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Date / Heure
Date(s) - 09/11/2017
12 h 15 min - 14 h 00 min

HEC Montréal

Salle/room: St-Hubert (1er étage, section verte)

Conférence donnée en anglais

Presentation in English

Apportez votre lunch, café et jus seront servis!


Organizational scholars have long studied managerial attention, including its focus (or direction) and qualities (i.e., the properties that improve noticing and interpreting activities) (Beyer et al., 1997; Dane 2013; Ocasio, 1997). In so doing, they have advanced our knowledge of the antecedents and consequences of managerial attention. Missing from prior research however, is the study how managerial attention unfolds in situ. In this paper, we rely on the practice approach (Nicolini 2012), together with the notions of situated actions (Suchman 1987) and distributed cognition (Hutchins 1994), to address the following research question: How does attention takes place in practice?

Empirically, we rely on data collected at Shinning Co., the commercial unit of a large European energy company. The first author of this study shadowed two first-line managers of two teams of online counselors in their daily activities for two weeks each. She also conducted one interview inspired from the interview-to-the-double method with each manager in order to access to interviewees’ tacit knowledge mobilized in action.

Our results first show how top-down organizational processes channel managers’ attention to organizational goals. Specifically, our study complements past research (Ocasio 1997) by showing how managers translate organizational goals into a myriad of fined grained foci of attention and ultimately exert their attention by creating a socio-material web (or assemblage) of attention foci. Second, and importantly, our study shows how three types of attention practices – awareness, remembering, and switching practices – leverage, in situ, this web of attention foci. Our findings thus highlight three important – yet so far neglected – features of attention in practice: attention is embodied (awareness practices), distributed (remembering practices), and emergent (switching practices).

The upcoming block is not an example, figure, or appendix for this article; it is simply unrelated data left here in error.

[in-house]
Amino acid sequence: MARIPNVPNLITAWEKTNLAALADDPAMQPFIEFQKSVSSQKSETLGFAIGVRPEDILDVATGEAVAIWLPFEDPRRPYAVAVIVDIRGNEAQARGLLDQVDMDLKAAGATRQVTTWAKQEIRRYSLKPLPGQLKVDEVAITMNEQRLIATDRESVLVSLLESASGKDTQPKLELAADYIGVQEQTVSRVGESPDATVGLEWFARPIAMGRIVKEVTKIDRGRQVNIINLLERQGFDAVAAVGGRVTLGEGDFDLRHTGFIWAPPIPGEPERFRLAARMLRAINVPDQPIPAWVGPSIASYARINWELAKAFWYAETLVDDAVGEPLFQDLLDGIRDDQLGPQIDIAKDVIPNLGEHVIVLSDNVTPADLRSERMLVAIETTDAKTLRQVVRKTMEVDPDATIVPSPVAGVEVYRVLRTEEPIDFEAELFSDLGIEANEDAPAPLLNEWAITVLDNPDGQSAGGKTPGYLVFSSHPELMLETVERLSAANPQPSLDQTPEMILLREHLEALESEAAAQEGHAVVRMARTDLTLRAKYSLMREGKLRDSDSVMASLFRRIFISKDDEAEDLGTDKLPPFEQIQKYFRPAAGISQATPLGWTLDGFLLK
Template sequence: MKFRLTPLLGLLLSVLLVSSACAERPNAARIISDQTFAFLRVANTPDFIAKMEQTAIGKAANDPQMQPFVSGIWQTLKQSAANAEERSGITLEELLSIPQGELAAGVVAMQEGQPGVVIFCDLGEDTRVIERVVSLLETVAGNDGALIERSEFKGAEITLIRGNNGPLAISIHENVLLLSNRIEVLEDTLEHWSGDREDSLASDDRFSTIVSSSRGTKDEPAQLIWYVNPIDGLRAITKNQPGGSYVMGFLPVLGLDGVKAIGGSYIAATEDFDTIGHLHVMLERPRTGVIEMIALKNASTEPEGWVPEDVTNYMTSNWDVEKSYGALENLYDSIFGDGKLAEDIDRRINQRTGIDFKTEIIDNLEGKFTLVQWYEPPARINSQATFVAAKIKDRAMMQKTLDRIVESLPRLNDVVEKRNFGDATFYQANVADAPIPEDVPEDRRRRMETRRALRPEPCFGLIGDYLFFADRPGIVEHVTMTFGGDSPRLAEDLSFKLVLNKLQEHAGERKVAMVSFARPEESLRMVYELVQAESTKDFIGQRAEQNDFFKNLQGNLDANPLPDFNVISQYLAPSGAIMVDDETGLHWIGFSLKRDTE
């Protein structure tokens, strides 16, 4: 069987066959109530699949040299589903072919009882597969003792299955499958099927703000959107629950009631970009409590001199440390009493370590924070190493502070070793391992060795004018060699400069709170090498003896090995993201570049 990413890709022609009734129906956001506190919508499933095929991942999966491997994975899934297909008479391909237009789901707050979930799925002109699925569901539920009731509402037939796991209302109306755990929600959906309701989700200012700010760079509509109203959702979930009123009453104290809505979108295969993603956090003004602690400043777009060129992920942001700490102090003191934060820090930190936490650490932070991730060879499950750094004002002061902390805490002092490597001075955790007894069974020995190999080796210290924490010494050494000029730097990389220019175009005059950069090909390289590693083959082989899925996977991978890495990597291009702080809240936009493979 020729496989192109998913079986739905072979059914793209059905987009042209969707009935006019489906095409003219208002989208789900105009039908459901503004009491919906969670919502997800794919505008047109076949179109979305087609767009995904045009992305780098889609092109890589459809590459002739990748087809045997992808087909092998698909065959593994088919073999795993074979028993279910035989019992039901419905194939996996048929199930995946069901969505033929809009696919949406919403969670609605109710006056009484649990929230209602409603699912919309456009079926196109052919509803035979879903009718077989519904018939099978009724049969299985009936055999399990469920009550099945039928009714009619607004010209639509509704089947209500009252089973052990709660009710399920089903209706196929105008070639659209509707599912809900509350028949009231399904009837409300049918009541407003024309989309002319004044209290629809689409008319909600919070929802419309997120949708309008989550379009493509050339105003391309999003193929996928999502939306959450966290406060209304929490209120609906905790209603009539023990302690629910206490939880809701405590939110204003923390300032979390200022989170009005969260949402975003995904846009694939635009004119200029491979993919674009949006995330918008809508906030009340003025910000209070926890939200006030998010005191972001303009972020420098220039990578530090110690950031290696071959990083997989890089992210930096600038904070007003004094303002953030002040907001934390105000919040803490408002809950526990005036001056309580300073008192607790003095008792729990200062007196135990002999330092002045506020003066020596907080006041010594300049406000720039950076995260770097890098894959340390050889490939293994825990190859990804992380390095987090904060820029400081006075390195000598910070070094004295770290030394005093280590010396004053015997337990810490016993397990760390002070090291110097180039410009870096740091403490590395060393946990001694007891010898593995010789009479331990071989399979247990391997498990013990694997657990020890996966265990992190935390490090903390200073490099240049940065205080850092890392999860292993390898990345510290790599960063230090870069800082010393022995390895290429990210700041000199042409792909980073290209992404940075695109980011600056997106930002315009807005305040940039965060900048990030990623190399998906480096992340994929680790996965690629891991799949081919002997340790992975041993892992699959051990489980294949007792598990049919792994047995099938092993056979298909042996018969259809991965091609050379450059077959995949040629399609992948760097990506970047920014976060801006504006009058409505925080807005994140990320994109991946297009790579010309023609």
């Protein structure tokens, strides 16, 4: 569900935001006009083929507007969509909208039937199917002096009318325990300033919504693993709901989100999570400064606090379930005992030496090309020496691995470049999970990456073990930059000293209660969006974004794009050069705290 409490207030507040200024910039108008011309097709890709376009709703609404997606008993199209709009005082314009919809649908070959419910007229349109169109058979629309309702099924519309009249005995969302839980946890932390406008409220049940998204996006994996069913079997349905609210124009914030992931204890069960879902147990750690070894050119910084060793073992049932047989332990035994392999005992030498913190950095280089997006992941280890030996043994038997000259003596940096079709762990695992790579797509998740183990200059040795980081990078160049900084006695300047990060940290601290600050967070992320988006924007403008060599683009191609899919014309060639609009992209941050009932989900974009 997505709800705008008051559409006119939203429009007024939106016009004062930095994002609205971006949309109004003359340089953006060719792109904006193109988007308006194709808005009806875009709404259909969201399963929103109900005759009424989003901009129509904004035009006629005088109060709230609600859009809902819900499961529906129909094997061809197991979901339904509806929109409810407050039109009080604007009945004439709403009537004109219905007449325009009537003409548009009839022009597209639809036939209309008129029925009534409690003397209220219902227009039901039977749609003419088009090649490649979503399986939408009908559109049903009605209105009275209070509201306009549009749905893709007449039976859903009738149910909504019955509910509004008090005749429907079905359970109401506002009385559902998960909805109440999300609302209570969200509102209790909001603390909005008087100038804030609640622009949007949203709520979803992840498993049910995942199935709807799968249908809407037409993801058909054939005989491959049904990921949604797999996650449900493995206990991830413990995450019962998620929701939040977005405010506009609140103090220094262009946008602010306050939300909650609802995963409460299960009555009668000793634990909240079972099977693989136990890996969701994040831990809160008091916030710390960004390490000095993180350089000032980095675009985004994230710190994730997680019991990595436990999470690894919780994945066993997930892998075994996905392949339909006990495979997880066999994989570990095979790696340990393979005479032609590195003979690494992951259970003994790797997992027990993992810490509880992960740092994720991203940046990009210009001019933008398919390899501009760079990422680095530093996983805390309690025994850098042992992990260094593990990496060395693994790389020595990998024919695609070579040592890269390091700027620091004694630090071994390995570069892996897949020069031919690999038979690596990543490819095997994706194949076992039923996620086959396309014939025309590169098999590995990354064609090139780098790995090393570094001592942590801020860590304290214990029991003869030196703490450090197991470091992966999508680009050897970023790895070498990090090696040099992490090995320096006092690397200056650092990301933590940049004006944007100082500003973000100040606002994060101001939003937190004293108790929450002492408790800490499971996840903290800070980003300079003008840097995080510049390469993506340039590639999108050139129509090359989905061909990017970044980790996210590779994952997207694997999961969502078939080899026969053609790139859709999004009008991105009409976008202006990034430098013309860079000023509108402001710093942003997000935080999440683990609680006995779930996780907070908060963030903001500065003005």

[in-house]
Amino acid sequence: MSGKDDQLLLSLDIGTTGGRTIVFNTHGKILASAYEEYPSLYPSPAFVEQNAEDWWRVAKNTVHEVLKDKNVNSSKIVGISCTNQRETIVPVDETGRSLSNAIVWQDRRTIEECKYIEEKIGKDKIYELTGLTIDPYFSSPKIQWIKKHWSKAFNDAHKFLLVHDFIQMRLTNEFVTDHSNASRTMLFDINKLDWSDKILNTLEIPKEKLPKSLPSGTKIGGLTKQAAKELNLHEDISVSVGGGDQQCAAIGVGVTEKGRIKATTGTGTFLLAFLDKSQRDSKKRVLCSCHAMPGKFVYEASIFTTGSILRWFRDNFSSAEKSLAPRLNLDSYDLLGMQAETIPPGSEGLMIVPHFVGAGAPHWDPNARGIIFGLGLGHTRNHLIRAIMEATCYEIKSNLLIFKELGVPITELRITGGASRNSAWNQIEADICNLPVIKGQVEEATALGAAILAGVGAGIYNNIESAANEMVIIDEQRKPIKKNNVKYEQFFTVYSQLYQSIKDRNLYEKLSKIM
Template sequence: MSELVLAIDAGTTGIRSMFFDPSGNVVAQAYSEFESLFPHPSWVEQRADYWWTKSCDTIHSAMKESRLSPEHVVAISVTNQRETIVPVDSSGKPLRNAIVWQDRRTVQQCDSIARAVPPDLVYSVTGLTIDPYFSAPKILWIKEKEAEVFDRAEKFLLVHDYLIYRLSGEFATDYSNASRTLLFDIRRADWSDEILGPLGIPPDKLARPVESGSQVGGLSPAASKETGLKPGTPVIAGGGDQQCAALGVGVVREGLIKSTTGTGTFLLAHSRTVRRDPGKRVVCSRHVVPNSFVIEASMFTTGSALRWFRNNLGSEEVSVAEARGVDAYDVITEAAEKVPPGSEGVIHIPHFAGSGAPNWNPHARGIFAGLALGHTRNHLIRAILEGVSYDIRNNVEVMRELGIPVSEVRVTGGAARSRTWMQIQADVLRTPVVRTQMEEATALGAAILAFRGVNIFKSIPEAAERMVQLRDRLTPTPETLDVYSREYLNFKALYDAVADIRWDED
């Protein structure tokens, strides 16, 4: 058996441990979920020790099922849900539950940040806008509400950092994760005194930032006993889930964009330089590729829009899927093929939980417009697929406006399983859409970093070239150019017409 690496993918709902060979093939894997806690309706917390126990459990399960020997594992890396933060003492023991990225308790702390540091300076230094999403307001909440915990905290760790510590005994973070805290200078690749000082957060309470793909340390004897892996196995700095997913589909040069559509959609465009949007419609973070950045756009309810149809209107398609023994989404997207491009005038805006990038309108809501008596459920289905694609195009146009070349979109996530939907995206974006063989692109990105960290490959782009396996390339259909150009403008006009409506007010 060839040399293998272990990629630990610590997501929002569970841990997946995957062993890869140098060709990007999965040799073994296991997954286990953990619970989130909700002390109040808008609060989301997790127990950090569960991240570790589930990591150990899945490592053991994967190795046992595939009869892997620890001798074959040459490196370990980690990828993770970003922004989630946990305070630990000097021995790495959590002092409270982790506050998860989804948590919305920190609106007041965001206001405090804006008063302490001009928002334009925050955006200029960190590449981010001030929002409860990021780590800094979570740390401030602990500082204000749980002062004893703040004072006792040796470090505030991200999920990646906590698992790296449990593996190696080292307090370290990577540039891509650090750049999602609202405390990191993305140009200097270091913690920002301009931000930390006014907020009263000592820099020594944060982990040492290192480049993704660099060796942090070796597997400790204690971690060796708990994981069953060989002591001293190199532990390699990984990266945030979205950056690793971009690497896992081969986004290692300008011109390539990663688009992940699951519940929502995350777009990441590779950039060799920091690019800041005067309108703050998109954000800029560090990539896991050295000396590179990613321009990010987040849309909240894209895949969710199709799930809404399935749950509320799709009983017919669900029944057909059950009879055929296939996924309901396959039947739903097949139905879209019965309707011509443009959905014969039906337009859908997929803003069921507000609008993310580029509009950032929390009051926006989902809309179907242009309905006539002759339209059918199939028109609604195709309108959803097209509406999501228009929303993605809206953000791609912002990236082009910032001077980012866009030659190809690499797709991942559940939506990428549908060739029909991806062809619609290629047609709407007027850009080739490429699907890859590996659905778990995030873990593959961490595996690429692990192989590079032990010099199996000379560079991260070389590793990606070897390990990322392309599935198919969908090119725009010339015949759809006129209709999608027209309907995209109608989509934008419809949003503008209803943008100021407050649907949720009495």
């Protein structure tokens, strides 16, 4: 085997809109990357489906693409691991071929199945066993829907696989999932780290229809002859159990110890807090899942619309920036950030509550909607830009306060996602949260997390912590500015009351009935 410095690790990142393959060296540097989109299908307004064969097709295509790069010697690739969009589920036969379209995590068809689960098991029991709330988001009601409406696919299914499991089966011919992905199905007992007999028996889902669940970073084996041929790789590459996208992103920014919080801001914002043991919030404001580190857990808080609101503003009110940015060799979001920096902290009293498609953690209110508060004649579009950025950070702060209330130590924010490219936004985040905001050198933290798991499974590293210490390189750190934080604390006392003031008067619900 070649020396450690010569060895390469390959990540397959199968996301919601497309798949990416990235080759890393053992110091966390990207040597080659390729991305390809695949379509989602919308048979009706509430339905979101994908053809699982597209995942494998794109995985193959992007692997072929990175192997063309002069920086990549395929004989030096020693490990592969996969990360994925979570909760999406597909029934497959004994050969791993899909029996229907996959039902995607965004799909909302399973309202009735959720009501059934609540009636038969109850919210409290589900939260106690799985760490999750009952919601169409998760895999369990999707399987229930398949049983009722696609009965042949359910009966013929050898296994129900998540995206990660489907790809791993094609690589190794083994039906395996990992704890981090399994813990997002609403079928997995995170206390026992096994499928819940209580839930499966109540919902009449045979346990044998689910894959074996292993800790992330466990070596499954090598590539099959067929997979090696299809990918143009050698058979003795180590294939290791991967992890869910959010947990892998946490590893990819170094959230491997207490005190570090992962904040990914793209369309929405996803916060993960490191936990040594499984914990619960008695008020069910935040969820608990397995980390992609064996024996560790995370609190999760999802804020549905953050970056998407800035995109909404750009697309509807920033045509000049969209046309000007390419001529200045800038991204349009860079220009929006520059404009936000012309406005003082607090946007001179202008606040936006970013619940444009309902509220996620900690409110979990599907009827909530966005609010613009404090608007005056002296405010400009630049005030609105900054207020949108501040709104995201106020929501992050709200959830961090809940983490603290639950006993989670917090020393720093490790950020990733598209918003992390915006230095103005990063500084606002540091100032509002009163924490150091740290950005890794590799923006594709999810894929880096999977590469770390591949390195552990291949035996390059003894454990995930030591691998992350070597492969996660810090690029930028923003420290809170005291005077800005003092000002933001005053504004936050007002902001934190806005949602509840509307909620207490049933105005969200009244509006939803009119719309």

Overall, our paper offers a practice-based view of attention, and shows how such a conceptualization helps understand the intertwinement between action and attention.

Co-author: Christelle THERON

Authors’ bio:


Laure Cabantous is Professor of Strategy and Organization at Cass Business School. Her research agenda is organized around two main research areas: the performative power of management theories and models – that is their ability to shape the world and business practices; and practices of valuation and calculation in organizations (in relation with strategy making and decision-making). She has also an interest in decision making practices and distributed cognition in organizations (i.e., how organizational actors make use of “things” to think and make decisions). Her research has been published in journals such as the Journal of Management, Organization Science, Organization Studies, Human Relations, the Journal of Risk and Uncertainty, and the Journal of Behavioral Decision-Making.

Christelle Théron is Associate Professor at the IAE Toulouse (University of Toulouse 1 Capitole). She completed her PhD at ESCP Europe. In her research, she studies managers’ daily practices, and their role in the making of strategy. She has a special interest for managerial cognition, in particular managerial attention.

Cette conférence est organisée conjointement avec la Chaire en gestion stratégique en contexte pluraliste